Pynchon’s feelings about all of this remain difficult for me to interpret. He certainly is sympathetic to the aims of 24fps, and would seem to think that the camera is, in fact, just as powerful as the gun, if only we’d believe it. Factoring into all of it is that Kabbalistic myth that’s so important in Gravity’s Rainbow, of the world as broken vessel, shards of light scattered throughout the darkness. The last words of the chapter are “the spilled, the broken world.” DL is equated with Lilith and shadow, Frenesi with Eve and light, and much as in GR light/white is often menacing while shadow protects the good. The “broken world” could be the world broken into countless segments of film which only seem continuous, but the “real” world is what’s being talked about here, what’s broken. Perhaps the point is that they are parts of each other, just as shadow and light exist because of the other. The broken world of film could also redeem the broken world we live in, perhaps, by recording injustice and forcing outrage at the inhumane. Maybe that’s why so much of this book veers between cinematic pastiche, political commentary, and literary genre-play?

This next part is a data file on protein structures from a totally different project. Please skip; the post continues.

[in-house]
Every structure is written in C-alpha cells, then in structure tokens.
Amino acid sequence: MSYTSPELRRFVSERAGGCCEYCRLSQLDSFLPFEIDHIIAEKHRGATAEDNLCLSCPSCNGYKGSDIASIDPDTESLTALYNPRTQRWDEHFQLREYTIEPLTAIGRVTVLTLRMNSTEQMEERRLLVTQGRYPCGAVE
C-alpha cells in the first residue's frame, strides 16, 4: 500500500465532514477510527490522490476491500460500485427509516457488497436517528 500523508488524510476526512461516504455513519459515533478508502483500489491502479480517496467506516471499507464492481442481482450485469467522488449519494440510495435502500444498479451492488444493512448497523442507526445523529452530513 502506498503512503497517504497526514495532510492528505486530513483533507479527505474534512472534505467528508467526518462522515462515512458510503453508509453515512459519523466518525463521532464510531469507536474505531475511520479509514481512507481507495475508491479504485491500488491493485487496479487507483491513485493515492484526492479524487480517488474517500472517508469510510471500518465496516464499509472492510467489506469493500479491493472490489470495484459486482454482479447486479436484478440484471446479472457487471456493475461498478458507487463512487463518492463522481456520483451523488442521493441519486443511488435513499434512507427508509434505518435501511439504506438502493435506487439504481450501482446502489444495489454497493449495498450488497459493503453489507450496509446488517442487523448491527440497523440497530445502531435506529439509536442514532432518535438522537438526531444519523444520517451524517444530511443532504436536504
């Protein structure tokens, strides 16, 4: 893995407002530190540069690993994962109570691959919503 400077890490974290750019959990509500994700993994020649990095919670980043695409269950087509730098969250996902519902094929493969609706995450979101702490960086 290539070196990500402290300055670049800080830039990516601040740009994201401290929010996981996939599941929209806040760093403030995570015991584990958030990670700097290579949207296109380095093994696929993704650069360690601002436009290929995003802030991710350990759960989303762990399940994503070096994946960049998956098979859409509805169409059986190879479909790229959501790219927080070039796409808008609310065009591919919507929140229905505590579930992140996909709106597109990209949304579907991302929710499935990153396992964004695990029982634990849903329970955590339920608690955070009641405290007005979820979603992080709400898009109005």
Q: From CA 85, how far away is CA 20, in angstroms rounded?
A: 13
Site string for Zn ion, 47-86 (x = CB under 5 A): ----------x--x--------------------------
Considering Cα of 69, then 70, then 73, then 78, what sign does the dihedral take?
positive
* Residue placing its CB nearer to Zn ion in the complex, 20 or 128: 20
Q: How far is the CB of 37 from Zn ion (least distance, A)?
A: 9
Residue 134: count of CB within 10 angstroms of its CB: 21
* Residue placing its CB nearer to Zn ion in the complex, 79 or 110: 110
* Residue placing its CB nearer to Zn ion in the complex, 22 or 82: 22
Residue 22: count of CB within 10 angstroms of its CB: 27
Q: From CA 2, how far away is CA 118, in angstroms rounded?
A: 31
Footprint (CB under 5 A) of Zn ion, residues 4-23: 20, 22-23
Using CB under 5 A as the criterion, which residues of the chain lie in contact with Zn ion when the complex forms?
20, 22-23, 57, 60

But the issue of possession is also troubling, and there’s definitely a hint of vampirism in some of Pynchon’s filmic references. Brock is in the possession business. He kind of reminds me of the Mystery Man in Lost Highway, with that camcorder attached to his eye. (The chapter before this ends with an uber-creepy scene in which Brock is staring at Frenesi in the dark, and starts laughing when she’s scared by him.) (And this further reminds me that there’s some pretty Lynchian stuff in this chapter; I wonder if Pynchon’s a fan?) The sections of this chapter on FEER and the surveillance of the ex-24fps’ers seem downright prescient, now. Brock abducts the dangerous elements from the People’s Republic and hides them in his secret camp, for reeducation or blackmail or torture, but uses cameras and those media outlets who will play along to remake this story into the story of radicals “going underground,” a “rapture below.” Bad puns. (Those who ask inconvenient questions are summarily removed from the press pool.)
PS: One more stylistic quirk I’ve noticed popping up more and more in this book. Pynchon makes a point of using an apostrophe at the beginning of ‘suckers, though the word had clearly lost the connotation that this implies in ordinary usage by the time he’s writing in and of. I think it’s a way for him to reinforce the crazed sexual desire, perversity, and brutality simmering beneath the surface of everyday life, politics as usual in the good ol’ USA.